from the Marion Superior Court. Trial Court Cause No.
49G10-1601-CM-2065 The Honorable Steven J. Rubick,
Attorney for Appellant Rory Gallagher Marion County Public
Defender Agency Indianapolis, Indiana
Attorneys for Appellee Curtis T. Hill, Jr. Attorney General
of Indiana Angela N. Sanchez Supervising Deputy Attorney
General Indianapolis, Indiana
Barteau, Senior Judge.
of the Case
Richard Bernard Sansbury appeals his convictions of carrying
a handgun without a license, a Class A misdemeanor,
driving with a suspended license with a similar infraction
within the past ten years, a Class A
misdemeanor. We reverse and remand.
Sansbury raises three issues, which we consolidate and
I. Whether the court erred in admitting evidence obtained
during a search of the vehicle Sansbury was driving.
II. Whether there is sufficient evidence to sustain
Sansbury's conviction for driving with a suspended
license with a similar infraction within the past ten years.
and Procedural History
On the evening of January 17, 2016, Detective Andrew McKalips
and Officer Mollie Johanningsmeier of the Indianapolis
Metropolitan Police Department (IMPD) were on patrol in
Indianapolis. Detective McKalips was training Officer
Johanningsmeier, who was a rookie. McKalips saw a vehicle,
specifically a Pontiac Aztek, make a turn without activating
a turn signal. He also noted that one of the Aztek's
headlights was not working.
McKalips turned his car around and stopped the Aztek in an
apartment complex. The Aztek stopped near an apartment
building, one and a half to two feet from the curb. The
vehicle did not stop in a marked parking spot, but was
instead sitting by the side of a road where traffic drove
through the complex. McKalips approached the Aztek and
learned that Sansbury was the driver. Sansbury had a
passenger, Elisha Goins. Sansbury lived in the nearby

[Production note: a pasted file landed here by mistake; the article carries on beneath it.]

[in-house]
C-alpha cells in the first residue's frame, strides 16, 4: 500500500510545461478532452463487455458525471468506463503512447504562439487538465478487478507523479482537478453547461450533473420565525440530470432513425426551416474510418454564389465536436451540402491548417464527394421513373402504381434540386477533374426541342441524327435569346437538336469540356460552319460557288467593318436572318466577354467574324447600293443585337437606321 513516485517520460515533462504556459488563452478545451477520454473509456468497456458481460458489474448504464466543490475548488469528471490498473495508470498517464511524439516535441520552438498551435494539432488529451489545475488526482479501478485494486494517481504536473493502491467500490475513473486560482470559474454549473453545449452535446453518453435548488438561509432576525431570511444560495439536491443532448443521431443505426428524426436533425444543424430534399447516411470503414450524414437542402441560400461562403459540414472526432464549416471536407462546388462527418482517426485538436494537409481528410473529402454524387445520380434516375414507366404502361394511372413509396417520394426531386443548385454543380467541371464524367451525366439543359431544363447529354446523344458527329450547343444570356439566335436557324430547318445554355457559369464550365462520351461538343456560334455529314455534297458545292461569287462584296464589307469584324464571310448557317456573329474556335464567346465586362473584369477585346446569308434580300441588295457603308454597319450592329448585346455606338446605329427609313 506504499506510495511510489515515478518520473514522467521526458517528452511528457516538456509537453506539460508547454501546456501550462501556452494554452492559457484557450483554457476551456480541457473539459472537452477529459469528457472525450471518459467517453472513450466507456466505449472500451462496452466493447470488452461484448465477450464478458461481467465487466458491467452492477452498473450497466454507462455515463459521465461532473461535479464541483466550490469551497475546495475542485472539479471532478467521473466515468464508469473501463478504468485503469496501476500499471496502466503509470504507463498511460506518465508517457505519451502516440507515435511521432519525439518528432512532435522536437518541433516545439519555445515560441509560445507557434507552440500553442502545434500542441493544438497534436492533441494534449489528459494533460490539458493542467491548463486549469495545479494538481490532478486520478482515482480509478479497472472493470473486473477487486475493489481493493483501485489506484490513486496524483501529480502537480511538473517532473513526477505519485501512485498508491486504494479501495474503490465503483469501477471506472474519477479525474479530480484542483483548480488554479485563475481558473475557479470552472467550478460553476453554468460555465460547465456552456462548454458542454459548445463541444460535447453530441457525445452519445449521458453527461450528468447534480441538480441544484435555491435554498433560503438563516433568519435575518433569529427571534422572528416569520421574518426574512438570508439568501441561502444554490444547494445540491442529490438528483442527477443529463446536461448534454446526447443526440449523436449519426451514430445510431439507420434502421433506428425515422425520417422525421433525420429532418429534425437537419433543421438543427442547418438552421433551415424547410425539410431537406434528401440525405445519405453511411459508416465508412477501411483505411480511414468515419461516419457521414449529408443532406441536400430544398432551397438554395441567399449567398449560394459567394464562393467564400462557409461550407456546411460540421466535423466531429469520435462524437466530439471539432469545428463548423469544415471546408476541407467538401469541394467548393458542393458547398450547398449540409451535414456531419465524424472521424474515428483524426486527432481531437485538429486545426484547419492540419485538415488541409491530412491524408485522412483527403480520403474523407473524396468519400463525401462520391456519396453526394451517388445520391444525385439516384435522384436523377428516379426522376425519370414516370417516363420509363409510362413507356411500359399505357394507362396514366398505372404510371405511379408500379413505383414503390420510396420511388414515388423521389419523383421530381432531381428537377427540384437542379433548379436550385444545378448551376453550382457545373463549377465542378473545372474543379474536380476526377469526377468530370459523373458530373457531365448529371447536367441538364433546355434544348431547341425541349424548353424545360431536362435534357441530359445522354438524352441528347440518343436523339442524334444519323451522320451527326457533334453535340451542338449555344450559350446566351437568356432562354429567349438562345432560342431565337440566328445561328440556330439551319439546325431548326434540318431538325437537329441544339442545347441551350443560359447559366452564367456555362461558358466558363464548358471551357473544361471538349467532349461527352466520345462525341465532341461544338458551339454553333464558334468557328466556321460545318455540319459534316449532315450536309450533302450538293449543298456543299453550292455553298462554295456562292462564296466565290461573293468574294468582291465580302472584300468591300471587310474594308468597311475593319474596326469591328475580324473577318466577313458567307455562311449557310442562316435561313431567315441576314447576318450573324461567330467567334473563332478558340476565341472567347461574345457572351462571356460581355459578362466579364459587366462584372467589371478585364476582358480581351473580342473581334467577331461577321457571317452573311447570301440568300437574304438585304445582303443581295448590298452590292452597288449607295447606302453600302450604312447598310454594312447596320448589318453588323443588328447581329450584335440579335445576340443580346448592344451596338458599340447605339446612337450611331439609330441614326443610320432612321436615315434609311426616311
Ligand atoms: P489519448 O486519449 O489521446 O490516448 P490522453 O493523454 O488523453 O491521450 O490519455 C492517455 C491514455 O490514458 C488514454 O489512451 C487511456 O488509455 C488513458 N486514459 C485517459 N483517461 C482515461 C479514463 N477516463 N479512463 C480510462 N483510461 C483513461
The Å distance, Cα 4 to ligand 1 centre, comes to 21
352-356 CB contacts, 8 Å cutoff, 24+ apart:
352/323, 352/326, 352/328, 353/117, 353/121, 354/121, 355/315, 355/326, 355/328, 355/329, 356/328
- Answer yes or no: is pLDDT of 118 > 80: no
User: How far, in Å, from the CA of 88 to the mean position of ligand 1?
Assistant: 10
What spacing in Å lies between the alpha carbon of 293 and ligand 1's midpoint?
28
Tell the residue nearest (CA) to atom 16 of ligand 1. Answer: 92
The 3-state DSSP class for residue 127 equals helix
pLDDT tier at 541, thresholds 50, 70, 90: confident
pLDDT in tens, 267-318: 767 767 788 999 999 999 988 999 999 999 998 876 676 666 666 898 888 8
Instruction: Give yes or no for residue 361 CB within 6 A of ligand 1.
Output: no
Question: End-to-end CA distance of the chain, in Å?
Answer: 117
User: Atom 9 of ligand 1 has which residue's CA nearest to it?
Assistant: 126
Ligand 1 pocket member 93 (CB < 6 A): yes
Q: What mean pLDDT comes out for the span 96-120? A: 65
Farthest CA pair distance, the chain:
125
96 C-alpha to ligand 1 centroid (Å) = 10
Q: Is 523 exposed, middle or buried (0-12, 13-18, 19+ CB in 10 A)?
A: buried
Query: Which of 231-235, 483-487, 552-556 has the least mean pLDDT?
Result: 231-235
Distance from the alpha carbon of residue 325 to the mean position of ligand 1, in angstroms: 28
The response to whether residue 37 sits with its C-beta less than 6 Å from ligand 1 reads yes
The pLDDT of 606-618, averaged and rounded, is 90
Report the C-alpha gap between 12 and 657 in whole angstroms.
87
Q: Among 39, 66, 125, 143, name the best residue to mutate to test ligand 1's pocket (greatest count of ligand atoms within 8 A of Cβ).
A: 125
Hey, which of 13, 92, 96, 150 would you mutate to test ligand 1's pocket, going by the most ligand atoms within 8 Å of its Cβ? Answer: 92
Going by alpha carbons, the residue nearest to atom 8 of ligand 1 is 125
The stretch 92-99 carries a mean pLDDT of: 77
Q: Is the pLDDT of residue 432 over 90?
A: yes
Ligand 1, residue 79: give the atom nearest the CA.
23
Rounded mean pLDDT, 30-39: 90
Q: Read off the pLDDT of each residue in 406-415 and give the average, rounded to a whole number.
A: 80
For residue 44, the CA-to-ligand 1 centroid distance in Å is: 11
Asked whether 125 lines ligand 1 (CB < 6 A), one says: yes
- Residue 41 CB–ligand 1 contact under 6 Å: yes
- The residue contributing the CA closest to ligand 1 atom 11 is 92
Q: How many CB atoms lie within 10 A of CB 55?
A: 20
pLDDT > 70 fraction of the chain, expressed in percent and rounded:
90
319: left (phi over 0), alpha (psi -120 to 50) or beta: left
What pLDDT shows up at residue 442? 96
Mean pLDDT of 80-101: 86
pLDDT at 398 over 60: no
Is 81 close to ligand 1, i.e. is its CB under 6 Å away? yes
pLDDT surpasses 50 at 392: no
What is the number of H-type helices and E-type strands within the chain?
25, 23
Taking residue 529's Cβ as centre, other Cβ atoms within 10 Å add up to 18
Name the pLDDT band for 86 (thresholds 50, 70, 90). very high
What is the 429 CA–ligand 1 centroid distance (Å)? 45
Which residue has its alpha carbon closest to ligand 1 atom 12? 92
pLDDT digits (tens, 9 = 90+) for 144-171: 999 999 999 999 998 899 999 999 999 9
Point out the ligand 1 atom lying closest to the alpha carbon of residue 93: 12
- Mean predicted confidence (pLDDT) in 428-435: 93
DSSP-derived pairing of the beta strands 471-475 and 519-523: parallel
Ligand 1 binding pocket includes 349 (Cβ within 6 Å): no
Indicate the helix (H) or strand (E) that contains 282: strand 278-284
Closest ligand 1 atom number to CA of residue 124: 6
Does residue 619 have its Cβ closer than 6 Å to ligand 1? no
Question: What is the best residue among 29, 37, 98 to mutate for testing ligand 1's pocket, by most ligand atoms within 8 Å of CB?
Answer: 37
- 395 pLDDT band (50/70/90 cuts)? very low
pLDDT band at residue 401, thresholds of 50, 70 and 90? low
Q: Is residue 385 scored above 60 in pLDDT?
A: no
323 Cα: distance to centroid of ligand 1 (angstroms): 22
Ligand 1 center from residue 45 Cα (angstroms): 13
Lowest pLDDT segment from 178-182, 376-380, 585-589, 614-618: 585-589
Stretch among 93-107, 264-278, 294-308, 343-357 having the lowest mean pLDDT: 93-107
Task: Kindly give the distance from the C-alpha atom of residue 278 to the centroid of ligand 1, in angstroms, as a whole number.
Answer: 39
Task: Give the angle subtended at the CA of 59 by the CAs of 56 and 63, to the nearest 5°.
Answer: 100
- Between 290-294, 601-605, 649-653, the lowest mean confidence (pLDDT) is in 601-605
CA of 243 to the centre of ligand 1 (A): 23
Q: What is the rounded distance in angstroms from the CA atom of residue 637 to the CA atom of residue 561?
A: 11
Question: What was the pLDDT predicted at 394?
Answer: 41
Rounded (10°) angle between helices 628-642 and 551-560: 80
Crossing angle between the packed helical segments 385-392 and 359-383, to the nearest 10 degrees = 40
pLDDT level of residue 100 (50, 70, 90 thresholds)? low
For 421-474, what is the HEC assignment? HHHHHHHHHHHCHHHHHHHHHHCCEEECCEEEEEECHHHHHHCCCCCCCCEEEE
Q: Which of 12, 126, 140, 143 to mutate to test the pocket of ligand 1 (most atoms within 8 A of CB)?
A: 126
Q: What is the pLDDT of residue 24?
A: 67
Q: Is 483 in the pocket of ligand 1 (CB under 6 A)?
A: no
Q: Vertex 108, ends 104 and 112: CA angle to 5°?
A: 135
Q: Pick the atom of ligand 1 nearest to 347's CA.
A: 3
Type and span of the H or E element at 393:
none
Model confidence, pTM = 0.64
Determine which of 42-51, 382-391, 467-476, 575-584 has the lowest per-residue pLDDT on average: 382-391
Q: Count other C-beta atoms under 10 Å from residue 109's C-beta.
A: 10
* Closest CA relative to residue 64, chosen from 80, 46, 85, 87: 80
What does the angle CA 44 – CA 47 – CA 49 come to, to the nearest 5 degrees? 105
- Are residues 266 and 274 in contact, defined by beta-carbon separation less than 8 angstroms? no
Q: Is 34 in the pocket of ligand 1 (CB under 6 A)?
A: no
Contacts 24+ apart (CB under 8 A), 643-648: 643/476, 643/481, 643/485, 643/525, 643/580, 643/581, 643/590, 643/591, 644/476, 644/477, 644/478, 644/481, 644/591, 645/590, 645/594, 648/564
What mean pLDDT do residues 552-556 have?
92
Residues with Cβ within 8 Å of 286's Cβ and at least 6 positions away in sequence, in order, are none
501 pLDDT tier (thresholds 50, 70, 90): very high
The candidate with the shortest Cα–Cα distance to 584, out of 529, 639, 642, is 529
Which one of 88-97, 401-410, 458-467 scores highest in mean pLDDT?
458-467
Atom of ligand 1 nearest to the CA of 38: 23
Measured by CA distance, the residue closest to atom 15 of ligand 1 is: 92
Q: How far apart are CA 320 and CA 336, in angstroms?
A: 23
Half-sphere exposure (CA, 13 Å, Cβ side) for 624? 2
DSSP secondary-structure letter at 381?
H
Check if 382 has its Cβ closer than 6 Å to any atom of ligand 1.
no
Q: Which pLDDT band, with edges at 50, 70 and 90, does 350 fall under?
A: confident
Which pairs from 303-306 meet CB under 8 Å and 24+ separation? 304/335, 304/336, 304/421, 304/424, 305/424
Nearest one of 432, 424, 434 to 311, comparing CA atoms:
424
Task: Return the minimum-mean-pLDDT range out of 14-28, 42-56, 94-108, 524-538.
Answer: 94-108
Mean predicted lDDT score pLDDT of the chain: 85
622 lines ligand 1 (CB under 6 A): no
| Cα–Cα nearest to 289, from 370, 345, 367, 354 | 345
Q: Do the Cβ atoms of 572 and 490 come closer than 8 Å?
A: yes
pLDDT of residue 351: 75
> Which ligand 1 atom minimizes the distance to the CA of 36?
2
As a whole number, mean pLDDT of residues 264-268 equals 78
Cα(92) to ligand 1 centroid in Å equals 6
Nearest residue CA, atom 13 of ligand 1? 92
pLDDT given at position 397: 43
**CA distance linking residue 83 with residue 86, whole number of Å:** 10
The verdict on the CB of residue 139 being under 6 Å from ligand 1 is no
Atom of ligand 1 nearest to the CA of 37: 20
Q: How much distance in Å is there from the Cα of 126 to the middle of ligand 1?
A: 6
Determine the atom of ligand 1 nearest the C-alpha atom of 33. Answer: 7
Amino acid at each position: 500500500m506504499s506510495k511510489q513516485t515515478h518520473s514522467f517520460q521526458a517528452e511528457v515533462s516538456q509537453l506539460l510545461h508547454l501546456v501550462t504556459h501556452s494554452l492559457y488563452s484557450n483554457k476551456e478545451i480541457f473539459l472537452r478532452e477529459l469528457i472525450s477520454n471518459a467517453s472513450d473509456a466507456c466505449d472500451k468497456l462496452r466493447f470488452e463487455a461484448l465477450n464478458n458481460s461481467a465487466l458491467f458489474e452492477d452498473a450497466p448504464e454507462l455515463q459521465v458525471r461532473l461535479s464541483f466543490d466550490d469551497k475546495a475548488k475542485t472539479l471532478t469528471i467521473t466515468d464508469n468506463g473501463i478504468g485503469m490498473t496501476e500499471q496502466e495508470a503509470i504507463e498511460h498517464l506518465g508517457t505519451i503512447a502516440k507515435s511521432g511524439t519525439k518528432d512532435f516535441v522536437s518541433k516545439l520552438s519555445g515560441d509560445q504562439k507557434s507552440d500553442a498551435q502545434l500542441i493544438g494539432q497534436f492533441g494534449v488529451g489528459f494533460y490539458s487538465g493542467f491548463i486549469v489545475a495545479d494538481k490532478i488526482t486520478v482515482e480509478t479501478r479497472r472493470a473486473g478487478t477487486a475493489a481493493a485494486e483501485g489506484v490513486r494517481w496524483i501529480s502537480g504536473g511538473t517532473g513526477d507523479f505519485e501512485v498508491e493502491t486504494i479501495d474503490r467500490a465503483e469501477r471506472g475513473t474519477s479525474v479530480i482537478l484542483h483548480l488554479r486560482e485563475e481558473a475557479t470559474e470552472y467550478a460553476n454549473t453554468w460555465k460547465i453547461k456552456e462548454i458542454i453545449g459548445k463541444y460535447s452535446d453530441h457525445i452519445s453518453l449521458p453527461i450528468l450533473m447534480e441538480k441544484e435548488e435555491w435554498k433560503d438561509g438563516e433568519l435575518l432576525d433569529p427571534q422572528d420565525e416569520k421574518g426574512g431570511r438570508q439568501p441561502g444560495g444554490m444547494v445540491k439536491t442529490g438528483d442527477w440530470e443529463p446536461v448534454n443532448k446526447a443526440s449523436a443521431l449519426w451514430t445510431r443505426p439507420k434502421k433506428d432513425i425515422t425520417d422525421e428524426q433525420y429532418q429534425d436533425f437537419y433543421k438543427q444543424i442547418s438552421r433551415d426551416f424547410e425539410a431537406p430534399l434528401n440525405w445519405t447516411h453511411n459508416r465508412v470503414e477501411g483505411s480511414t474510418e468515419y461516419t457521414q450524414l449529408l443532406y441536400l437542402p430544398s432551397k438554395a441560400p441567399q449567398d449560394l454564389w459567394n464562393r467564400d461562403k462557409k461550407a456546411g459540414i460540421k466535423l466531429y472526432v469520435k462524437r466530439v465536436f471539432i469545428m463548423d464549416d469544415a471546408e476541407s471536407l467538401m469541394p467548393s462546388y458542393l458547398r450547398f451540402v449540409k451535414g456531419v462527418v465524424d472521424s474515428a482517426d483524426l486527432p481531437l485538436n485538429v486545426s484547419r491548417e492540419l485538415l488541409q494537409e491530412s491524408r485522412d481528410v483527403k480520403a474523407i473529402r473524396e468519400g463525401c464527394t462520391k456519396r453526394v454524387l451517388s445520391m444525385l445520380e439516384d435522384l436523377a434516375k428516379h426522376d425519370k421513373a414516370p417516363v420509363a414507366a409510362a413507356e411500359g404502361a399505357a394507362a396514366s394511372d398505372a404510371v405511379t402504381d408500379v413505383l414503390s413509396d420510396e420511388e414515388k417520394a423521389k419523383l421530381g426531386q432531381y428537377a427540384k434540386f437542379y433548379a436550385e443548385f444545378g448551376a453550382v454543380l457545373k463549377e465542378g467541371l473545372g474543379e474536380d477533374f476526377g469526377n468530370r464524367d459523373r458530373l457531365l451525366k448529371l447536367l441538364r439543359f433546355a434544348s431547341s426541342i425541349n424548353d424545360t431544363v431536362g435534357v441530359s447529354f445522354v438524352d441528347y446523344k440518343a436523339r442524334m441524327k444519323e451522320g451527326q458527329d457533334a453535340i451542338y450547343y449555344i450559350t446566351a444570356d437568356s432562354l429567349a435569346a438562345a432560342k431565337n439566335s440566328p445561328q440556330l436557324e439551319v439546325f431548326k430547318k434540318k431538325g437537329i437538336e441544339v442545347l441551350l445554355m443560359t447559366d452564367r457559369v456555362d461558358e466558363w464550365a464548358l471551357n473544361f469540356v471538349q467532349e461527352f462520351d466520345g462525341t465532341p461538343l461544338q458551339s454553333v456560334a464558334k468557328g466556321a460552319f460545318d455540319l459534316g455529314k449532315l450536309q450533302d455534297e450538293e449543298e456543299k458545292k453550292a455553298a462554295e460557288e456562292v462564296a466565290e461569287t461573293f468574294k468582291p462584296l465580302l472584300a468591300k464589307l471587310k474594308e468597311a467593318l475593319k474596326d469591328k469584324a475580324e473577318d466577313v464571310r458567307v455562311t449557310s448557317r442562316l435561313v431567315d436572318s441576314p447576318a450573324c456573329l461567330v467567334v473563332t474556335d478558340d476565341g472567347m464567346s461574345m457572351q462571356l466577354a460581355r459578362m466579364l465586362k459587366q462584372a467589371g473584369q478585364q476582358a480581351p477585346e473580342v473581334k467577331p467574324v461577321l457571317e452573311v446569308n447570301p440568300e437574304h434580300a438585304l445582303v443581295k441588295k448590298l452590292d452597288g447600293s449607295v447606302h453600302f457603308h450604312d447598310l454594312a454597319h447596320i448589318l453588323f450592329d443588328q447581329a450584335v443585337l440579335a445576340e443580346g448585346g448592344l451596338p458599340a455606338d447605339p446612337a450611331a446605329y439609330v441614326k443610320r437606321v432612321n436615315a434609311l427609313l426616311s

McKalips determined Sansbury did not have a valid
driver's license. Further, Sansbury was not the
Aztek's registered owner. The registered owner was
Sansbury's mother, Jorja Payton. McKalips decided to
impound the Aztek. He contacted a tow truck and requested
Next, McKalips searched the vehicle, claiming it was
necessary to inventory its contents. During the search he
found three handguns. Two were in the center console, which
was closed but not locked. McKalips found the third handgun
under a back seat, concealed under a shirt. He also saw a
clip of ammunition wedged between the driver's seat and
the center console. McKalips determined that neither Sansbury
nor Goins had a valid permit to possess guns. At that point,
the search ended, and neither McKalips nor Johanningsmeier
prepared a written inventory of the Aztek's contents.
The State charged Sansbury with possession of a handgun
without a license and driving with a suspended license with a
similar infraction within the past ten years. Sansbury filed
a motion to suppress all evidence discovered through the
search and seizure of the automobile. The trial court held an
evidentiary hearing and denied the motion at the end of the
The case was tried to the bench, and Sansbury renewed his
objection to the admission of evidence discovered during
McKalips' search. The trial court overruled his
objection. After the State ended its presentation of
evidence, Sansbury moved for involuntary dismissal. The court
adjourned the hearing to consider cases cited by Sansbury. At
a subsequent hearing, the court denied Sansbury's motion
and offered Sansbury the opportunity to present evidence.
Sansbury chose not to present any evidence. The trial court
determined Sansbury was guilty as charged and imposed a
sentence. This appeal followed.